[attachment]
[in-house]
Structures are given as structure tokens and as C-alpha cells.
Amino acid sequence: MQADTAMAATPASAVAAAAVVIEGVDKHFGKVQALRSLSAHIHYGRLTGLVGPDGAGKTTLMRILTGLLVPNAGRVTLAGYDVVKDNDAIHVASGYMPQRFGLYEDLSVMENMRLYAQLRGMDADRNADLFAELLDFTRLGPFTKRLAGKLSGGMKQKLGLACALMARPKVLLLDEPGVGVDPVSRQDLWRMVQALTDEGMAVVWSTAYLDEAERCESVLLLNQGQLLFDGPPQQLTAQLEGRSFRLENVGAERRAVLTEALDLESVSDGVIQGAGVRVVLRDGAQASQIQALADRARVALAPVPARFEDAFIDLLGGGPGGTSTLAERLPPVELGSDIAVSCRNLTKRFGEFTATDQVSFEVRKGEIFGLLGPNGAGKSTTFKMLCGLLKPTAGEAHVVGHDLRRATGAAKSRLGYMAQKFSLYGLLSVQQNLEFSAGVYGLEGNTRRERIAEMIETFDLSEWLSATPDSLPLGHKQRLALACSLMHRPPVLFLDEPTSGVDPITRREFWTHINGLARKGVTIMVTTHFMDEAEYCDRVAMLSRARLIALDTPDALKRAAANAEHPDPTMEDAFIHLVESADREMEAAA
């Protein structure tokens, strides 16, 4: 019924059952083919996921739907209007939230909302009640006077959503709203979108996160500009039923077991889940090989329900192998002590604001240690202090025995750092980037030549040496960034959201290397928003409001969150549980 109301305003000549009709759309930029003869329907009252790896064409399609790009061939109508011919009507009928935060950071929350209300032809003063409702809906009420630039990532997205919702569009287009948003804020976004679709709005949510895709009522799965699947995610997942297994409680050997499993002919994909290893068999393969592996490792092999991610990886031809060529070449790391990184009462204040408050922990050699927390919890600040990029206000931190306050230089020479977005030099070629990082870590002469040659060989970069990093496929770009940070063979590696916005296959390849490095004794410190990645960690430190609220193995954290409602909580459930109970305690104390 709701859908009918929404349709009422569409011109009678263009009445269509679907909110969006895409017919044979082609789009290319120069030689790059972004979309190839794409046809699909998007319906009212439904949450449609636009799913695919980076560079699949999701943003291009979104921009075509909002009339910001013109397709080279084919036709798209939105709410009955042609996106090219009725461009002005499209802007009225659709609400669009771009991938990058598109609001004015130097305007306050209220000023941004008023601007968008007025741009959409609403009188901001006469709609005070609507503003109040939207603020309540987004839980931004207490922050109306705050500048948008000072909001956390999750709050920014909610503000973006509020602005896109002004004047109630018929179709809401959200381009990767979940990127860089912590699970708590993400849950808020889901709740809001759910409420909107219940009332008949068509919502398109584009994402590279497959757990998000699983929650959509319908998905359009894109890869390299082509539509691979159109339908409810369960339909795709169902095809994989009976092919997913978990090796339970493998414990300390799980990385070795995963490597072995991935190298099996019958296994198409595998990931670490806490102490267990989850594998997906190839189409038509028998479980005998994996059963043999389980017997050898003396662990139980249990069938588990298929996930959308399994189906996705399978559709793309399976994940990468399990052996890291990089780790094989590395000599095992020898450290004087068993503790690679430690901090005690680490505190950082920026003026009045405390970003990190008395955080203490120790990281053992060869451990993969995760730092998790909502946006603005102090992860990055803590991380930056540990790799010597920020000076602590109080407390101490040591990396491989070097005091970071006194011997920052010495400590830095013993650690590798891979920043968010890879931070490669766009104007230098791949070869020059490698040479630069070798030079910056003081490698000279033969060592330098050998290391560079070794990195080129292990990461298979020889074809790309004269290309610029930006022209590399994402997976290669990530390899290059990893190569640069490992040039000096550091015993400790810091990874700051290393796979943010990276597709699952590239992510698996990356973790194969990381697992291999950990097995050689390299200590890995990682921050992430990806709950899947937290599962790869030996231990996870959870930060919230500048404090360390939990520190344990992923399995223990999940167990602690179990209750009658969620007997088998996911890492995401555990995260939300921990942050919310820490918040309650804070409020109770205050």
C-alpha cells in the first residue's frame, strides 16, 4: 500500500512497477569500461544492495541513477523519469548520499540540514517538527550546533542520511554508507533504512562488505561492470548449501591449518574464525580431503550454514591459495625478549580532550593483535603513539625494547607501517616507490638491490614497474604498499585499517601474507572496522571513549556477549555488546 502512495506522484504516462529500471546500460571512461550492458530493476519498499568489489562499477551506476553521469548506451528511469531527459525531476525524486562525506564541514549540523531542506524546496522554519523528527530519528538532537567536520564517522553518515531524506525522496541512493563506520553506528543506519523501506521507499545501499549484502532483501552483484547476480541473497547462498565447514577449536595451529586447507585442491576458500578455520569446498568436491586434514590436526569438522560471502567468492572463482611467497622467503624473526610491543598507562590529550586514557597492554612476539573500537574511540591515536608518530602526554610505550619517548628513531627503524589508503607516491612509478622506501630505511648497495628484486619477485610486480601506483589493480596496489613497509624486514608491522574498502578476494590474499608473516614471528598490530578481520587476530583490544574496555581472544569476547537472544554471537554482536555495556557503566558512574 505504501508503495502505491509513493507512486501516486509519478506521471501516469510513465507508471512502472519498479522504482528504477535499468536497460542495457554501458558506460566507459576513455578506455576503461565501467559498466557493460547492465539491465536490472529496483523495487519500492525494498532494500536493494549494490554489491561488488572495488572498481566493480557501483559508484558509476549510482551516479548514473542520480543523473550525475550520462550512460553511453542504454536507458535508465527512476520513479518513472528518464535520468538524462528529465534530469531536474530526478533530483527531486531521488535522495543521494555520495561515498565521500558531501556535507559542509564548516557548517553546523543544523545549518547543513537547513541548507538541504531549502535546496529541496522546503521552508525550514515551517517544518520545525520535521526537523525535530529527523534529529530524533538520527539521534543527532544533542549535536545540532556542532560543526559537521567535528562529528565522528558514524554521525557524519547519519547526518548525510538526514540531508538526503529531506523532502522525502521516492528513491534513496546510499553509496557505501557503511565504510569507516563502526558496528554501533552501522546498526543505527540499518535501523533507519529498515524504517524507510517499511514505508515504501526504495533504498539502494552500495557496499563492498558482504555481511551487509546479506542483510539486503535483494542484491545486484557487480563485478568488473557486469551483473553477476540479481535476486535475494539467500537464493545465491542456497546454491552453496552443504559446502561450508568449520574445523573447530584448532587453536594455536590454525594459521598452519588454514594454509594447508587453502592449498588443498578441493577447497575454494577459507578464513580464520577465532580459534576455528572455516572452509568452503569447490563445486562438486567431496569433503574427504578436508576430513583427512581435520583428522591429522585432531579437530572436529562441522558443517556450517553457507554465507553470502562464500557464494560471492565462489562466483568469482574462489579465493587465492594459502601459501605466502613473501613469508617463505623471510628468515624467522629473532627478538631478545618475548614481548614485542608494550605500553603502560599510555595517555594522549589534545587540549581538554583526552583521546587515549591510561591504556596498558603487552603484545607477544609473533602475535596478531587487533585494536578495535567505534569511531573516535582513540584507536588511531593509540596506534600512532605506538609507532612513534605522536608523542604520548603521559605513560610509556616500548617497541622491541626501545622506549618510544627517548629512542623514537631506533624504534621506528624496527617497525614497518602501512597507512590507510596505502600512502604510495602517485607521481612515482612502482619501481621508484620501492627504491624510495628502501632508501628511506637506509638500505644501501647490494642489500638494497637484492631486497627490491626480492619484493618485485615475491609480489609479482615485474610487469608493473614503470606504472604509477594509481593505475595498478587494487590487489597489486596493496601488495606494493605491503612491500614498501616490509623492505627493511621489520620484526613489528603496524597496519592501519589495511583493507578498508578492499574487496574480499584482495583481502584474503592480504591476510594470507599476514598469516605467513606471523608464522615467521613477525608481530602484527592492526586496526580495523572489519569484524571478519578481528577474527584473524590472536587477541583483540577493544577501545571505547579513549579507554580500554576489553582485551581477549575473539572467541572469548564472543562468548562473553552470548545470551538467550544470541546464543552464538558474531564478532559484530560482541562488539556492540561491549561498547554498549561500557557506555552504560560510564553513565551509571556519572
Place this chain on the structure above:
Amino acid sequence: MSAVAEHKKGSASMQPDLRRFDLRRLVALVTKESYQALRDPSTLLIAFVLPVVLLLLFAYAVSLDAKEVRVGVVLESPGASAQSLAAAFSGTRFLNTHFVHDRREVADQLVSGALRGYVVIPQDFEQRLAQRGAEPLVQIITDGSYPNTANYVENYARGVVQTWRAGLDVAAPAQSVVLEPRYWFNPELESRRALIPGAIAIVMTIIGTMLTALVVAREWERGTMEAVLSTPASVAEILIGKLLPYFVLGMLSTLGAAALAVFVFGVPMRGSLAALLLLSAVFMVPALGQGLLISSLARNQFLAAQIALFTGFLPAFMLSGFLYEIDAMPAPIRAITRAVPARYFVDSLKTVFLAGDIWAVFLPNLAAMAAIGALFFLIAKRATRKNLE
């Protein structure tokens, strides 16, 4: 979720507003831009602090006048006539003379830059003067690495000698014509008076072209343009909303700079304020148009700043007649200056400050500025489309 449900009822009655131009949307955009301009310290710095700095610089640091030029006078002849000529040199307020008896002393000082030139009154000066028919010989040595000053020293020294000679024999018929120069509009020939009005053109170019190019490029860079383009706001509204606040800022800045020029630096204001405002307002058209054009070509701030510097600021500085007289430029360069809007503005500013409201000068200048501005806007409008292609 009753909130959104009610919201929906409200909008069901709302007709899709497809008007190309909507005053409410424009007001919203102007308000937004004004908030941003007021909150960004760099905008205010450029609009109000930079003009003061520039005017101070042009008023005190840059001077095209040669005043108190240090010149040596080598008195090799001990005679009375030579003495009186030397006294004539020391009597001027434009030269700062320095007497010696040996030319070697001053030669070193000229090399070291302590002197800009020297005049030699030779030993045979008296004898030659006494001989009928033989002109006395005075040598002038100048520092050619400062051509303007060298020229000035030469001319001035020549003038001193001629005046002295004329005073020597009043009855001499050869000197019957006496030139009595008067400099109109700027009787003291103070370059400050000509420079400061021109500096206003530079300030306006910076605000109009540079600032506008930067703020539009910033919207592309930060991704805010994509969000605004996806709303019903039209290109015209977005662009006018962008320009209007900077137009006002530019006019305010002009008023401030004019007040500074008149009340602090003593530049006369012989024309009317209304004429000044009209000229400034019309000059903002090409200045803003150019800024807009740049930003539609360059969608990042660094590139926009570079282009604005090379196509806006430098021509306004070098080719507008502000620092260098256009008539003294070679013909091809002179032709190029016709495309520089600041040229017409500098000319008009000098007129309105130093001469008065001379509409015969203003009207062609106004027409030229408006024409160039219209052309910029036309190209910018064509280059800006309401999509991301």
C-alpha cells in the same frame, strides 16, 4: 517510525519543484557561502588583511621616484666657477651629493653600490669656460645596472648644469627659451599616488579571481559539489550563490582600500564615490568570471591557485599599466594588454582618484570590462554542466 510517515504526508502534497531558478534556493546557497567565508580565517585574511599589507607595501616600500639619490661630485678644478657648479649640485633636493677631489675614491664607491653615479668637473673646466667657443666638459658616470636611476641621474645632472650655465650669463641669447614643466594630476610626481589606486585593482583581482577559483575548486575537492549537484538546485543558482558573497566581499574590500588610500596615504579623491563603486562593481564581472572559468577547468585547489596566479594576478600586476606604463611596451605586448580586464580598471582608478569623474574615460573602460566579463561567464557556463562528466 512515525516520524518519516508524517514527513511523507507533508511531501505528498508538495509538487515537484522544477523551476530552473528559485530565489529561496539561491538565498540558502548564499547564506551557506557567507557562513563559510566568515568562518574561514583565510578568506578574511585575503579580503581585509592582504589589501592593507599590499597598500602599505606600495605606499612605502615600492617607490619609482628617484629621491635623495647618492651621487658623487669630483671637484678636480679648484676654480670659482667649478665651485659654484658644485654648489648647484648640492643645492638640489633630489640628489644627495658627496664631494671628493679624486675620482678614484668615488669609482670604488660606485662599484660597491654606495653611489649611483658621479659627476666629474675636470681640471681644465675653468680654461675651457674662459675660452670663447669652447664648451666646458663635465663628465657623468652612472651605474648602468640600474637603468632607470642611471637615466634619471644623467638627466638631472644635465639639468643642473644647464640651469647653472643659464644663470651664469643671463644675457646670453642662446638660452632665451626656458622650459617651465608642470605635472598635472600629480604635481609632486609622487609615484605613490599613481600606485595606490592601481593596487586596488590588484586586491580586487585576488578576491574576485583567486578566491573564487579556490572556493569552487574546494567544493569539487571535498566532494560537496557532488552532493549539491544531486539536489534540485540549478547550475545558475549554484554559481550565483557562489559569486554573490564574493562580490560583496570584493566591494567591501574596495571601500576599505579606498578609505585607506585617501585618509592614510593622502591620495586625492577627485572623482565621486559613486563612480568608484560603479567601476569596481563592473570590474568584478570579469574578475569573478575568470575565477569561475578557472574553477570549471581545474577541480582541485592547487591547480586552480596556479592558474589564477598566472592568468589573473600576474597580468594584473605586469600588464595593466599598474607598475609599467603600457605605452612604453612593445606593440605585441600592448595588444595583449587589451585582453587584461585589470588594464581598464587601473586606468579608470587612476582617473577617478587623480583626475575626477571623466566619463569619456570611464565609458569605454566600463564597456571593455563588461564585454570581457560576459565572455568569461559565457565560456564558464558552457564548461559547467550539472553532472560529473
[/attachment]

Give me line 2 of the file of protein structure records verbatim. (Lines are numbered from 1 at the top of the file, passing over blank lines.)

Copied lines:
Structures are given as structure tokens and as C-alpha cells.